The KB hosts several open access websites, including the "Memory of the Netherlands". List of libraries in the Netherlands European Library Nederlandse Centrale Catalogus Books in the Netherlands Media related to Koninklijke Bibliotheek at Wikimedia Commons Official website
Franz Tamayo Province
Franz Tamayo is a province in the Bolivian department of La Paz. It lies in the western part of the nation, includes the Ulla Ulla National Reserve - which today is part of the Apolobamba Integrated Management Natural Area - in the high Andean plain on the western border with Peru, its capital is Apolo. The province was founded with the name Caupollcán on January 23, 1826. On December 20, 1967 the name was changed in honor of the Bolivian intellectual and politician Franz Tamayo; the Apolobamba mountain range traverses the province. The highest mountain of the province is Chawpi Urqu at 6,044 m. Other mountains are listed below: Franz Tamayo Province is divided into two municipalities which are further subdivided into nine cantons; some of the tourist attractions of the municipalities are: In Apolo Municipality: San Juan de Asariamas dry forest in Apolo Canton. The dominant trees species are the Bilka, the Cuchi, the Brazilian Soto. Machariapo River in Apolo Canton situated within Madidi National Park and Area of Integrated Management the Inca bridge in Santa Teresa community and the Chiara Alto waterfall of 18 m height in Apolo Canton the community of Pata, its old church and the Sillakunka tunnel in Pata Canton the valley of the community of Virgen del Rosario named Tuichi, in Pata Canton at the shores of Tuichi River the community of Santa Cruz del Valle Ameno, the Billipiza waterfall of 22 m height in Vaquería and the archaeological site near Inca Viewpoint in Santa Cruz del Valle Ameno Canton Trinity festivity in the community of Atén the pre-Columbian trails Turiapo River and its waterfall in the community of Pucasucho Ayara waterfall of about 18 m height in the community of Munaypatac In Pelechuco Municipality: Katantika, one of the most important peaks of the Apolobamba mountain range, about 5,592 m high, in Pelechuco Canton the colonial town of Pelechuco the village of Queara near Pelechuco, situated in the highest area of Madidi National Park the Ulla Ulla National Reserve in Ulla Ulla Canton, today a part of the Apolobamba Integrated Management Natural Area the pre-Hispanic Guanan ruins in Pelechuco Canton Cololo Lake in Antaquilla de Copacabana Canton Suches Lake on the border to PeruOther remarkable places are Pilón Lajas Biosphere Reserve and Communal Lands, Chalalan Lake and Chalalan ecolodge.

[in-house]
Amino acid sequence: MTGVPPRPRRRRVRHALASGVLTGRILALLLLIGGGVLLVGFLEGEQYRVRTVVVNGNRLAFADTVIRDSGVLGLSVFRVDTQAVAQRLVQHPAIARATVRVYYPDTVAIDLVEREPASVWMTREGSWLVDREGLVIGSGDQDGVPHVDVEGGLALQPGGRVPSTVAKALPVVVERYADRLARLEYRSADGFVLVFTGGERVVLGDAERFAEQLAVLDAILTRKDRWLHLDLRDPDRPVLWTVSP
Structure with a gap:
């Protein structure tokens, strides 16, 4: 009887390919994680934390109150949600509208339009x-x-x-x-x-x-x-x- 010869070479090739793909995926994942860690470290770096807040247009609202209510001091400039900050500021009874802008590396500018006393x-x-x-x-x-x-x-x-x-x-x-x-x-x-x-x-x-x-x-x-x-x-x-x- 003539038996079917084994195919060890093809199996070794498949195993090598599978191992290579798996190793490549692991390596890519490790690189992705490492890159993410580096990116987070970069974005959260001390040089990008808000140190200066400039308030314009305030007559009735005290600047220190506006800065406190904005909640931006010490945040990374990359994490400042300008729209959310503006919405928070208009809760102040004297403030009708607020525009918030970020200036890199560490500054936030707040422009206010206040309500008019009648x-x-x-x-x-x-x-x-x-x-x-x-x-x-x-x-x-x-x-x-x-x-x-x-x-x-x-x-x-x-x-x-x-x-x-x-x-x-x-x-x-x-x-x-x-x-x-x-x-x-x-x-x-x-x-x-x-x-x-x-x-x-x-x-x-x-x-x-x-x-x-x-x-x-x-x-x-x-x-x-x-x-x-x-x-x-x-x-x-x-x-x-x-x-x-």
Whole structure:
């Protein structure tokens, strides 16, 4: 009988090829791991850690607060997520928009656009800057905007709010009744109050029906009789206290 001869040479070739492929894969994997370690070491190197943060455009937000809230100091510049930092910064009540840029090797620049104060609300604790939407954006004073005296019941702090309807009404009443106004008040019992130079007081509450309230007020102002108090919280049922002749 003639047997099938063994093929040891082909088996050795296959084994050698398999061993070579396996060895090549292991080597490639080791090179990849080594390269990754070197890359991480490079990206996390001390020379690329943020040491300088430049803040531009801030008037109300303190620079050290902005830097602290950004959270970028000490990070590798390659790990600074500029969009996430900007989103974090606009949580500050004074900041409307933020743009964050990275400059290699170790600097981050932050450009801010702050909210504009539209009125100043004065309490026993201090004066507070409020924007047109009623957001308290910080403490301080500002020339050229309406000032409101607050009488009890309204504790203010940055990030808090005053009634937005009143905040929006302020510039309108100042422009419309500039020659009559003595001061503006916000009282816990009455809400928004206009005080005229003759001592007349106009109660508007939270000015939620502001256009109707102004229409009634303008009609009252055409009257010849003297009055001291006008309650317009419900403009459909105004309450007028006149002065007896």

K'ayrani Quta K'iski Quta
Spaniards, or the Spanish people, are a Romance ethnic group that are indigenous to Spain. They share a common Spanish culture, history and language. Within Spain, there are a number of nationalisms and regionalisms, reflecting the country's complex history and diverse culture. Although the official language of Spain is known as "Spanish", it is only one of the national languages of Spain, is less ambiguously known as Castilian, a standard language based on the medieval romance speech of the Kingdom of Castile in north and central Spain; the Spanish people's heritage includes the pre-Celts and Celts. There are several spoken regional languages, most notably Basque and Galician. There are many populations outside Spain with ancestors who emigrated from Spain and who share a Hispanic culture; the Roman Republic conquered Iberia during the 2nd and 1st centuries BC. As a result of Roman colonization, the majority of local languages, with the exception of Basque, stem from the Vulgar Latin; the Germanic Vandals and Suebi, with part of the Iranian Alans under King Respendial conquered the peninsula in 409 AD.